Australia's Foreign Minister says they must continue to help Iraqi Government to prevent ISIS 2.0




Foreign Minister Julie Bishop insists Australia must continue to help the Iraqi government "win the peace" otherwise there's a risk of armed groups morphing into ISIS 2.0.

The Trump administration is laying out its plans to defeat the terror group.

Source: 1 NEWS

Ms Bishop has travelled to Kuwait, in the Middle East for a ministerial meeting on countering ISIS and an international conference on rebuilding Iraq.

Iraq's prime minister declared victory over the militant group late last year.

But there were still ISIS fighters in contested or ungoverned regions in Syria, posing a threat.

Ms Bishop believes some ISIS members are seeking to hide among the general population in Iraq and return to the tactics of insurgency.

"To break the cycle of violence, it is vital that the Iraqi government wins the peace as effectively as it has won the war," Ms Bishop said in a speech.

"Failure to do so runs the very real risk that they will turn to armed groups that could morph into ISIS 2.0."

A human rights campaigner has said changes to the role of Kiwi soldiers in Iraq should have been made public.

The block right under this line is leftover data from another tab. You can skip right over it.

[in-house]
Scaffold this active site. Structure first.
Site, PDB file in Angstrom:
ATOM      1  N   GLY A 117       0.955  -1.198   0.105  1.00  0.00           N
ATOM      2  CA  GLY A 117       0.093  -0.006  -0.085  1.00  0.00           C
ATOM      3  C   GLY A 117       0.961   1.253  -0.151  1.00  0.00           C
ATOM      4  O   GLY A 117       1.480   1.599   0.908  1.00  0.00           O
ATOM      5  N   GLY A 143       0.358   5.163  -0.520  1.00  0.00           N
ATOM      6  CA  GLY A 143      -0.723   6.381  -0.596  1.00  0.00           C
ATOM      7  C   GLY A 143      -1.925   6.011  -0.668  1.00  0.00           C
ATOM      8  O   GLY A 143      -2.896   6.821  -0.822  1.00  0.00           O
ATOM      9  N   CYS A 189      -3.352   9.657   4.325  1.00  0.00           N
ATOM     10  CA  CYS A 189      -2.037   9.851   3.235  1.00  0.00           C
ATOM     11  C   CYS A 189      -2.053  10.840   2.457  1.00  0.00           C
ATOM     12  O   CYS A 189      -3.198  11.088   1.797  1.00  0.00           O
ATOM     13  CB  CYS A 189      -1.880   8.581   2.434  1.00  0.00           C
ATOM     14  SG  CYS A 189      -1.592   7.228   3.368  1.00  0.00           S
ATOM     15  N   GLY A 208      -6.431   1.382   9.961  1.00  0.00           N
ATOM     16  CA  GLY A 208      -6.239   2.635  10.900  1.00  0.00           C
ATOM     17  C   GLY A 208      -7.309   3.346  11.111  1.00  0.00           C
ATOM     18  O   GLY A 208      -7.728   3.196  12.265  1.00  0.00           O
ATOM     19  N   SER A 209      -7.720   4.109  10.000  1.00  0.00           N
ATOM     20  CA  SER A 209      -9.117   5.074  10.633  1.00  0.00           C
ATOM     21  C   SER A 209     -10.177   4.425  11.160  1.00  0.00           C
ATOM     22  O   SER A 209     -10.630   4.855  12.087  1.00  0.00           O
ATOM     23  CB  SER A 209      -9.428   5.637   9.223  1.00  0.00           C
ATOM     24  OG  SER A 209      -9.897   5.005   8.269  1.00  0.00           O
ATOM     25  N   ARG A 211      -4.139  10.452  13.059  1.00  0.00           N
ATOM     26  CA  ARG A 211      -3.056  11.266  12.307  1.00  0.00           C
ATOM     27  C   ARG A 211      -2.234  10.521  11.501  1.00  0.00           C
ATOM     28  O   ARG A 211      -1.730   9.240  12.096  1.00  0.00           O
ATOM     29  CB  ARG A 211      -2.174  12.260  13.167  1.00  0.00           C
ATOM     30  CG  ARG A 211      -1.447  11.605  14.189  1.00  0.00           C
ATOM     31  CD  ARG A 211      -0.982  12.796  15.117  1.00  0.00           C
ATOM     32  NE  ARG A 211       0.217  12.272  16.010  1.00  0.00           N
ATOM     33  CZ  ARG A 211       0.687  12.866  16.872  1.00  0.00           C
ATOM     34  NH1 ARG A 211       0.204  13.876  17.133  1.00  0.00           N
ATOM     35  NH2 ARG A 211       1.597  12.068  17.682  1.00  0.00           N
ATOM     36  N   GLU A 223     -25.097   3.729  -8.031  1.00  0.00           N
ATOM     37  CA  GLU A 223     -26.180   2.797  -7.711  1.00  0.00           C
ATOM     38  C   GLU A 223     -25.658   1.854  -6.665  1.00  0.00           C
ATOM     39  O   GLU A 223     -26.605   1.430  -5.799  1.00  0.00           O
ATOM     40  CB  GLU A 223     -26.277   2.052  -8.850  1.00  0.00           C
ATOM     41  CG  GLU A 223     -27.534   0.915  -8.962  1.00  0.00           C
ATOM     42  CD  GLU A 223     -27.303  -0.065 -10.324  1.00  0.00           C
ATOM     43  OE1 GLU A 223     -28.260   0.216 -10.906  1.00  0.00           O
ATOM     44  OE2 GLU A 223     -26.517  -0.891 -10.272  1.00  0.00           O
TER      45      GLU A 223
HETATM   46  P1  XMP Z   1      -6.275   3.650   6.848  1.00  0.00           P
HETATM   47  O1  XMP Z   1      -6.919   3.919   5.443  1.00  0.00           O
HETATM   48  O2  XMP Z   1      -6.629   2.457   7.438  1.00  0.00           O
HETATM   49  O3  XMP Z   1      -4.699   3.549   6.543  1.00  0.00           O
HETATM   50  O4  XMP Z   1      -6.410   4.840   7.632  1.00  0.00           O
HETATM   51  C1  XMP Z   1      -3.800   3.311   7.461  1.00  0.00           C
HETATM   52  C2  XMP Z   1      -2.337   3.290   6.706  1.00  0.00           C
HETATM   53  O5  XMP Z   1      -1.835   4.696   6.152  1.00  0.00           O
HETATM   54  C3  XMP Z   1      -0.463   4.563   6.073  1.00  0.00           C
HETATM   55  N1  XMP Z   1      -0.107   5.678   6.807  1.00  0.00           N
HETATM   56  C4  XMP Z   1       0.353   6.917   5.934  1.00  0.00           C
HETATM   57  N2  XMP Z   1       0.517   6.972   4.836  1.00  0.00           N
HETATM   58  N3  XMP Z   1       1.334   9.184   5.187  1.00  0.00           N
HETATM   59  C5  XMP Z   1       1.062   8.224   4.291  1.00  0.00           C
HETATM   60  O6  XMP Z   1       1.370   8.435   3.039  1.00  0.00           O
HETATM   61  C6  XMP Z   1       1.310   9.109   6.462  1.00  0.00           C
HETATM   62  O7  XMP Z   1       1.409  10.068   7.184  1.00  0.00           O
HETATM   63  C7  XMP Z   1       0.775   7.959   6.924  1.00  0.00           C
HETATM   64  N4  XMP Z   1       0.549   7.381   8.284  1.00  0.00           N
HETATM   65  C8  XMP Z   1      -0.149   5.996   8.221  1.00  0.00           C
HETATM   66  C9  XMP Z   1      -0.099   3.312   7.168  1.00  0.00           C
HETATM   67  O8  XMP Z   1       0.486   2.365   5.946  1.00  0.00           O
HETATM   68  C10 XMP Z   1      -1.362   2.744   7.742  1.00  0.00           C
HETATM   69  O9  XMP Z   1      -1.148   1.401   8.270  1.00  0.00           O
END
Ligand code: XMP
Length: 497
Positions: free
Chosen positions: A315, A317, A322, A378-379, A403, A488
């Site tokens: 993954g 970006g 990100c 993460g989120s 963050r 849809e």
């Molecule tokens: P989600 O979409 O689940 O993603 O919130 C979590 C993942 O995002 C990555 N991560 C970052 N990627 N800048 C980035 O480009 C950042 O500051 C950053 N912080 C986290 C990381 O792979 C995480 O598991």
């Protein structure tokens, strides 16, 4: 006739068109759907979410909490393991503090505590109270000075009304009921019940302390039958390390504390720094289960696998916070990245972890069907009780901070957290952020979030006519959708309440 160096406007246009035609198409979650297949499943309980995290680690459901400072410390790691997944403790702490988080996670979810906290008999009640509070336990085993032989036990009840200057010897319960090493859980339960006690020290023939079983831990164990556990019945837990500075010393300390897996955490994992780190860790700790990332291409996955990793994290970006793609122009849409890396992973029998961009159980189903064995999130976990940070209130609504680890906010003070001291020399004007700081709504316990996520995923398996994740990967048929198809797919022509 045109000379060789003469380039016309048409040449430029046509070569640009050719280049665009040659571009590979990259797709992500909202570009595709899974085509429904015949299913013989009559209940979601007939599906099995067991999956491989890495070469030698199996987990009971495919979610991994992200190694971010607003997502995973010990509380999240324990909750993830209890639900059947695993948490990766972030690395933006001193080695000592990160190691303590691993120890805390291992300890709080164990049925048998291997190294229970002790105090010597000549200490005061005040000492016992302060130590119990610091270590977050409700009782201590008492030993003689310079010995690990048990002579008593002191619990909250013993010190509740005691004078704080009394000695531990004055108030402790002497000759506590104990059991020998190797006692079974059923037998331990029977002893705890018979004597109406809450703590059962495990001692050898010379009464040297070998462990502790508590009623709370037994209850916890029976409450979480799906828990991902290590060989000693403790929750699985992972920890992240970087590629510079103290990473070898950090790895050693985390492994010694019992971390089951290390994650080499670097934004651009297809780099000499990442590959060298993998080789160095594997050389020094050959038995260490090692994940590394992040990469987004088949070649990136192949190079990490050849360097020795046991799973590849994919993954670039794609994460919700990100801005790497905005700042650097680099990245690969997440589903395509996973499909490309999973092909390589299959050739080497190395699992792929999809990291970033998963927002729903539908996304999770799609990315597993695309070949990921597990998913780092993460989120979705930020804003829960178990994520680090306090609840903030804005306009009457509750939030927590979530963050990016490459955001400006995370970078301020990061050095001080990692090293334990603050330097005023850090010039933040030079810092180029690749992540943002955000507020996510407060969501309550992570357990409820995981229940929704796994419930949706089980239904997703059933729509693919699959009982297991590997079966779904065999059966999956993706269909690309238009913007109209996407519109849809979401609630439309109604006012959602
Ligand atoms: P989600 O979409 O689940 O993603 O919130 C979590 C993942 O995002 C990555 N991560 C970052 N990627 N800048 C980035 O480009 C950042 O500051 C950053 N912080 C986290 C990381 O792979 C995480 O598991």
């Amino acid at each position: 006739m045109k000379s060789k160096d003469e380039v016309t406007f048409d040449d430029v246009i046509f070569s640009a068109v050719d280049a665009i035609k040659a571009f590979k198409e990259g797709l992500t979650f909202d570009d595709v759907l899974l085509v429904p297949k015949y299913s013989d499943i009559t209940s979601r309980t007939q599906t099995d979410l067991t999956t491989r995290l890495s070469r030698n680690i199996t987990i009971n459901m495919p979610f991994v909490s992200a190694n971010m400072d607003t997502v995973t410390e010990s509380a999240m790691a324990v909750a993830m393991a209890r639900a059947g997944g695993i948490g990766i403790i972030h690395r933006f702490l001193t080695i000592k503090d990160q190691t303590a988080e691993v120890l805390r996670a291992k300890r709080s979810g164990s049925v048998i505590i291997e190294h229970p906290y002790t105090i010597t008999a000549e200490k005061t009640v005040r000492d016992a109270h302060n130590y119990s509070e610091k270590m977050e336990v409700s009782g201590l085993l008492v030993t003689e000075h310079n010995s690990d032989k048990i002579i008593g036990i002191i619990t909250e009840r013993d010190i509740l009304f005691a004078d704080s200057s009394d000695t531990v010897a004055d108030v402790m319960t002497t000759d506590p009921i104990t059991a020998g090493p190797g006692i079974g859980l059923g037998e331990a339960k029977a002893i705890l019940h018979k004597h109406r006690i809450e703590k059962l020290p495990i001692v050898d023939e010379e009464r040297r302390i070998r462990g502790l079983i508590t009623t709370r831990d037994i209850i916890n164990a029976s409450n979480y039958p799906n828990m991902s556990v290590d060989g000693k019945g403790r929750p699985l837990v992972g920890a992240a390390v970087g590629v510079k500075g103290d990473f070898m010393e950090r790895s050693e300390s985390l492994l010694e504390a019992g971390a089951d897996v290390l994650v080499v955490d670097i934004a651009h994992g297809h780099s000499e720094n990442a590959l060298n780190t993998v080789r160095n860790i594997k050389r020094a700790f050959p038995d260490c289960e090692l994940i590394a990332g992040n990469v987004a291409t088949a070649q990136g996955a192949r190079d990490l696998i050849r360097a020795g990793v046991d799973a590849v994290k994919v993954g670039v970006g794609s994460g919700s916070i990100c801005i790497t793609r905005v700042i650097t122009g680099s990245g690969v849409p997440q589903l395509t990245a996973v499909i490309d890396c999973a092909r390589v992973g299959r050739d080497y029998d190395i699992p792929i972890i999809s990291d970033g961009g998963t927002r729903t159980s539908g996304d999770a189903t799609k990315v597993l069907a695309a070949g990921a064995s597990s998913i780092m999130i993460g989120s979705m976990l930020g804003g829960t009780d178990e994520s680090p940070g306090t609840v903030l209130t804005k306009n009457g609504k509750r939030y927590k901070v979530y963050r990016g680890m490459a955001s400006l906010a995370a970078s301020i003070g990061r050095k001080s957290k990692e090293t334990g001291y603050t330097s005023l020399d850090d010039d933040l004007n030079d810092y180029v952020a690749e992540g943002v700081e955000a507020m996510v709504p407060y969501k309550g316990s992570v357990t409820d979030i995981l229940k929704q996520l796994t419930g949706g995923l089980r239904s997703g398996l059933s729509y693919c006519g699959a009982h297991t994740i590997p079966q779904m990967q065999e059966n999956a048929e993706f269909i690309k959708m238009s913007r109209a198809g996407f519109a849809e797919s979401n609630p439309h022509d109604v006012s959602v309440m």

Source: 1 NEWS

Australia last year stumped up a $100 million stabilisation package for Iraq.

"We must focus on the conditions that led to the rise and spread of Islamic State (ISIS) and extremist ideologies, and work to prevent them gaining the momentum that brought this coalition together in 2014," Ms Bishop said.

Meanwhile, Defence Minister Marise Payne has travelled to Italy to meet her ministerial counterparts to discuss efforts to counter ISIS. She'll also have talks with defence officials in Brussels.

Australia last month brought home its six Super Hornet fighter jets after ceasing air strike operations against ISIS in Iraq and Syria.

Australian and New Zealand soldiers have trained more than 30,000 Iraqi troops in the fight against Islamic State militants since 2015.

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